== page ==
What does ‘getting connected’ to your boat mean?
Often the guidelines to boat connection get summed up as ‘Making the boat an extension of you’ or ‘enough for the boat to react off every move you make’. Although these statements give enough of a picture to imply the correct level of connection, how do we know what ‘properly connected’ feels like? This will be described throughout to hopefully allow an in-depth understanding of how tight to get yourself in your boat, as well as some insight into the benefits of ‘connection’. This article is aimed at white water kayaks however I tend to use a similar amount of connection in a playboat or sea kayak, depending on what I’m doing.
There are four main connection areas in a white-water kayak;
- Lower back.
If all of these are in connection with the boat the paddler will then have an upright posture (often described as active posture) which in turn will allow the entire body to drive and manoeuvre the craft.
To really become detailed in how much connection you can achieve you can divide the four connection areas up again; you have two feet, two knees and two bum cheeks, count these as individual connection points to gain feel and feedback from your boat. Think of it this way; no two bodies are the same, two people could be different weights, inside leg length, flexibilities or have previous injuries that make their bodies unique. With proper outfitting, you are able to get a personalised connection with your boat from the seven connection points that can give feedback, both feet, both knees, both bum cheeks and your lower back.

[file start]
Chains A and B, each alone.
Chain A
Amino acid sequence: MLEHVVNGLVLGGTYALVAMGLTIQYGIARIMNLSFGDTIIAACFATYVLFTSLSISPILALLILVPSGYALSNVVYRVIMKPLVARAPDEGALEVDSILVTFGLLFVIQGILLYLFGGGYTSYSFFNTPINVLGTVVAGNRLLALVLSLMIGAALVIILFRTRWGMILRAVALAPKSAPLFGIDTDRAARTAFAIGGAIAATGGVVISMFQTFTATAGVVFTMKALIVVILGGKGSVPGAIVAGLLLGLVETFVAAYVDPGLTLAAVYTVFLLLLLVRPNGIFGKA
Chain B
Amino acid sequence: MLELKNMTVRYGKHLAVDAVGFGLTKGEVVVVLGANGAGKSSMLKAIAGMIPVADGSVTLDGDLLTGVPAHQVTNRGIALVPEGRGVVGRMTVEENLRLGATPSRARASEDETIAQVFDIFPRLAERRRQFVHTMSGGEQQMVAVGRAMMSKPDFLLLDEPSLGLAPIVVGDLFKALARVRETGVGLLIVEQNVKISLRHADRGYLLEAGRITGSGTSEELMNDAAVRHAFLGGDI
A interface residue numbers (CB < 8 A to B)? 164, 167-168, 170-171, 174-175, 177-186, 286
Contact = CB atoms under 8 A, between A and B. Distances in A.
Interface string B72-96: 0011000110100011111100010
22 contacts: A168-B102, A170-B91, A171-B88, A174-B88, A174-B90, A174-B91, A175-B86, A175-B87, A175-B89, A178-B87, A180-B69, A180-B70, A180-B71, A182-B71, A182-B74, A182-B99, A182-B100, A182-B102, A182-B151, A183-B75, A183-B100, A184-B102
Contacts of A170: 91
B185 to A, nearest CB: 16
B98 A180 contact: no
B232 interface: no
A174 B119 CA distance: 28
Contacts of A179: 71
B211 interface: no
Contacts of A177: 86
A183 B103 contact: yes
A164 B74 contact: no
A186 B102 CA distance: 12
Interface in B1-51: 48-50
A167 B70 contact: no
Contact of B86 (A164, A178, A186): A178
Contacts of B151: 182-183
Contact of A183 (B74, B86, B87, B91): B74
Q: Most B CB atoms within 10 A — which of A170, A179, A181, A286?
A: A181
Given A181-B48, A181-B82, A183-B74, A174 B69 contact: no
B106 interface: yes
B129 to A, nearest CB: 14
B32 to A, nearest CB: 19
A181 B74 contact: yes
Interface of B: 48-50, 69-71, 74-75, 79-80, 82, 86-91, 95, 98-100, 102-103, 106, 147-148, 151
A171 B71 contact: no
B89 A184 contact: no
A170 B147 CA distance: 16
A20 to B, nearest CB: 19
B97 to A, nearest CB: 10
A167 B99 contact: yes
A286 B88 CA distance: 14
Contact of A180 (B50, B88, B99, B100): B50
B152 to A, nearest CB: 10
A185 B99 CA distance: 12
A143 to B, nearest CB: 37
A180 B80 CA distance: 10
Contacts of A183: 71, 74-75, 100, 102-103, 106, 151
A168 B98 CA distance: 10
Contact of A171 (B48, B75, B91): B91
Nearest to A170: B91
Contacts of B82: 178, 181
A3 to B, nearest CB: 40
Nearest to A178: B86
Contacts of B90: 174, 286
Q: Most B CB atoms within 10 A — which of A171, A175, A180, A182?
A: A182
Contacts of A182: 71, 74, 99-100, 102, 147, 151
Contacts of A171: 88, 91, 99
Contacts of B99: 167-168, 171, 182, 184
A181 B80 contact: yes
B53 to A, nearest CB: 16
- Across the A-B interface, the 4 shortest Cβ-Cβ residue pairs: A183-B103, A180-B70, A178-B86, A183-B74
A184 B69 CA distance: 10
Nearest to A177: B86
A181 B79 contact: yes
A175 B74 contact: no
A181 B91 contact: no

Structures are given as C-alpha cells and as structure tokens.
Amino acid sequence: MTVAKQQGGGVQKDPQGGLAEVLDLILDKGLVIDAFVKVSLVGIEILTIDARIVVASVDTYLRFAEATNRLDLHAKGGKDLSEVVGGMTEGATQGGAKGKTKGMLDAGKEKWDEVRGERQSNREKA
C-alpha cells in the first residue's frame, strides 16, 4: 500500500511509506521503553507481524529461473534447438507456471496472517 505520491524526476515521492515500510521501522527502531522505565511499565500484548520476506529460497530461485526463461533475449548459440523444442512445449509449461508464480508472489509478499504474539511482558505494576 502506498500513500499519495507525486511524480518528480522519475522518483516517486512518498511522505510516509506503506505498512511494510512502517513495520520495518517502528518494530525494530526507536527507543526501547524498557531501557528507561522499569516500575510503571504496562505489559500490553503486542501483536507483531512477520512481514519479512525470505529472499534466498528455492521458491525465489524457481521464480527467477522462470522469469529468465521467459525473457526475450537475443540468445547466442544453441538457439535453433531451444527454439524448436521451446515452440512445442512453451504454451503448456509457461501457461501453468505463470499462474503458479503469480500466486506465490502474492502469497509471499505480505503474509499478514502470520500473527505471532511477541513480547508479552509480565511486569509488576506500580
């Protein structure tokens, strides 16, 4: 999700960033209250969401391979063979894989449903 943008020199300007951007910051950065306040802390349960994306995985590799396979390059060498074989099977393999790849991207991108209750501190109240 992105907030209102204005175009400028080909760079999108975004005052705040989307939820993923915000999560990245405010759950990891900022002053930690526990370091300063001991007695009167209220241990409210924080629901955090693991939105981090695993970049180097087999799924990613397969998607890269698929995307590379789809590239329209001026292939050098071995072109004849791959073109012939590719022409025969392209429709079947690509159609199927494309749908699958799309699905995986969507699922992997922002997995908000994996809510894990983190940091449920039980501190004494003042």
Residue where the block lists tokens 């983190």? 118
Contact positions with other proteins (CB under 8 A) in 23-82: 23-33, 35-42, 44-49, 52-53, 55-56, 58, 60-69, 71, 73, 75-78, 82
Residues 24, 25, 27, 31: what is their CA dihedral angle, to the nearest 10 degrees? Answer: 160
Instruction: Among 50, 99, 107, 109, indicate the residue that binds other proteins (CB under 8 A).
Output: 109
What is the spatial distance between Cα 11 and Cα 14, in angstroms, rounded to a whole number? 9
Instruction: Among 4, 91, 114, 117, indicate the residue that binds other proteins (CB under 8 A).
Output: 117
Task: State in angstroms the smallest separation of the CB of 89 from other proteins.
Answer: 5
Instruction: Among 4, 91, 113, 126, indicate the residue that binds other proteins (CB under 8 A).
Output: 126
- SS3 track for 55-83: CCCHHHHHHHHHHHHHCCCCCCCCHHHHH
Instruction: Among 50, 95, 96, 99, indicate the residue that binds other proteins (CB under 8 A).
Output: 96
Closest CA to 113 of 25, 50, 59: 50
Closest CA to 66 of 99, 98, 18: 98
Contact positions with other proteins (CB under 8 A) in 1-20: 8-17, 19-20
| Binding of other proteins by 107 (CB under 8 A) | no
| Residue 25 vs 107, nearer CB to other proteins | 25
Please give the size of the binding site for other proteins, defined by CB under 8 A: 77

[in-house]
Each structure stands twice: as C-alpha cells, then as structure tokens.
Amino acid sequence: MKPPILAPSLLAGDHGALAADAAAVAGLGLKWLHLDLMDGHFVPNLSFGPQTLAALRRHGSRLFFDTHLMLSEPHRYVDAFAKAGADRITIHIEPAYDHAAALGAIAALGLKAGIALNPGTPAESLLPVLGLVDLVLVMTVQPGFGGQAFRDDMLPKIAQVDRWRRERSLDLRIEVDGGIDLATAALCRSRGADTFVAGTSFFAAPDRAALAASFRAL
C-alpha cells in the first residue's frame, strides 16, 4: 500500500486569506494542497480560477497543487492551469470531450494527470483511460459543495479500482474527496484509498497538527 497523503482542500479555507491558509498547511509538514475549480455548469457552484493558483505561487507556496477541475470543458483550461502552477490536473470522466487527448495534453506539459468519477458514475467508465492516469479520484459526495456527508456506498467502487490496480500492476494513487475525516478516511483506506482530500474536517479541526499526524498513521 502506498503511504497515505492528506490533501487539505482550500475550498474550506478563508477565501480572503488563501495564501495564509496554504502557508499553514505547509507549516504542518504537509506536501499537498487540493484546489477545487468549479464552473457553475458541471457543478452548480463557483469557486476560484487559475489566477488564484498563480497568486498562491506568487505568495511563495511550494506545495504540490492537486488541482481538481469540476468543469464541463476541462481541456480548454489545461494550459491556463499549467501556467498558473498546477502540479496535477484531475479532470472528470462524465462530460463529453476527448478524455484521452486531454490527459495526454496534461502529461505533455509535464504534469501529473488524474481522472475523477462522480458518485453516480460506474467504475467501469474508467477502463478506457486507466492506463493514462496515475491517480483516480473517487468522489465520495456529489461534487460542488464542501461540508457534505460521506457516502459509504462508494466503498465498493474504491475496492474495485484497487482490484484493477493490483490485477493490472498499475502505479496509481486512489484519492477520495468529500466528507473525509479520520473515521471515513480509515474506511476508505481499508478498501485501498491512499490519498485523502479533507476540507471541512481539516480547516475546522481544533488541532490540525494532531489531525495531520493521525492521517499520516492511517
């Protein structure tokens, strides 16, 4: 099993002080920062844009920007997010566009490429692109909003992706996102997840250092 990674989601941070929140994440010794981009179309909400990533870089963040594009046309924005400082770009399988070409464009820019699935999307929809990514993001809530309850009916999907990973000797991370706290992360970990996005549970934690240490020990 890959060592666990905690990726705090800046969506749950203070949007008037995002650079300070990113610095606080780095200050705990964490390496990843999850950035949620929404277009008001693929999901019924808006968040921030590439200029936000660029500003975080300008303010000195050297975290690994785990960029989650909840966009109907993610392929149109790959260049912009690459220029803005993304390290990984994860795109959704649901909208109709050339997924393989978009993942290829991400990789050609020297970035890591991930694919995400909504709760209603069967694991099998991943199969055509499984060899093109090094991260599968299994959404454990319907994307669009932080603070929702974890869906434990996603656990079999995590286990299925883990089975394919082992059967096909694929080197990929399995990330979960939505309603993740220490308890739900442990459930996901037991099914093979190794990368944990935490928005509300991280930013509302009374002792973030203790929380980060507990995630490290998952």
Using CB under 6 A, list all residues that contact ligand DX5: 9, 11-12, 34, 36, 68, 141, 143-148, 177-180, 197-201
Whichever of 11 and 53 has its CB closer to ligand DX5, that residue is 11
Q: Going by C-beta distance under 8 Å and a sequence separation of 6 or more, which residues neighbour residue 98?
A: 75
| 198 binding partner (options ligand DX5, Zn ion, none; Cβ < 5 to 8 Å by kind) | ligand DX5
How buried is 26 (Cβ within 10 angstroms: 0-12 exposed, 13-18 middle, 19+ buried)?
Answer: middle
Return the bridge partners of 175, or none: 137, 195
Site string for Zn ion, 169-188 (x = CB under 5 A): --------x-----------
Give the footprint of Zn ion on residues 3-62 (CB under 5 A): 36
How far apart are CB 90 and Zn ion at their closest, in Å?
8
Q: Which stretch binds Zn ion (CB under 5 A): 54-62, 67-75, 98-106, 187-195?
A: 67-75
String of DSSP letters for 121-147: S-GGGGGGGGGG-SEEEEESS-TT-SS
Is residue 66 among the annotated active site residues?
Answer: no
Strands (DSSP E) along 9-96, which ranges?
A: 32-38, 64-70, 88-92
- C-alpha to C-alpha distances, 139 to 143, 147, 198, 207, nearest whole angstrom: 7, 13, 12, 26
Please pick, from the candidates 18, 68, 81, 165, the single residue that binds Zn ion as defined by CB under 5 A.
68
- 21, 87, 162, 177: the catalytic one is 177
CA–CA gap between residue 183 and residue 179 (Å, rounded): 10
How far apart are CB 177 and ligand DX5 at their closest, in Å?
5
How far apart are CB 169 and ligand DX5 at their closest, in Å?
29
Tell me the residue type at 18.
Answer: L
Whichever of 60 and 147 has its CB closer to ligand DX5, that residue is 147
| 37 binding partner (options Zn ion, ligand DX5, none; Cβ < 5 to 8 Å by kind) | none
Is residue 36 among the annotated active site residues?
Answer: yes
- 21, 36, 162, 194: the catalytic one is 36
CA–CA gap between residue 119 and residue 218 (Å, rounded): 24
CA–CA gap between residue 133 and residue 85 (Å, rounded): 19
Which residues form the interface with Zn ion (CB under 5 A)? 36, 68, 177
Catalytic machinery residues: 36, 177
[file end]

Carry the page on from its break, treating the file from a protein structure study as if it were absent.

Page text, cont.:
To get the ultimate fit boats are now extremely adjustable, the main adjustment points are footrests and backrests, then you have smaller adjustments to really personalise the fit, this is things like seat height, thigh grips and hip pads.
This becomes my first adjustment point; while sat on the seat your footrests should be positioned so that your feet are flat, your knees are in contact firmly with the boat and your thighs are in contact with the thigh grips (if the boat has them). Footrests come with a variety of adjustment mechanisms, everything from a ‘full plate’ footrest that adjusts by undoing the bolts and moving the entire plate, to a ‘toast rack’ style of footrests consisting of slots to put your feet onto and an adjustable peg on runners. Some kayaks, mainly playboats will have a foam footrest that you cut to size.
With the foot flat on the footrest, knees touching the sides of the kayak and your thighs under the thigh braces you should feel a little bit of pressure from these areas, as a guide I can lift my heels of the footrest an inch or two, when I do I feel the pressure on both my knees and my thighs increase.
The backrest should sit on the small of your back (lower back) and be tight enough to help hold you in a good upright posture. The key thing here is that the backrest is helping to hold you in this posture, not doing all of the work for you.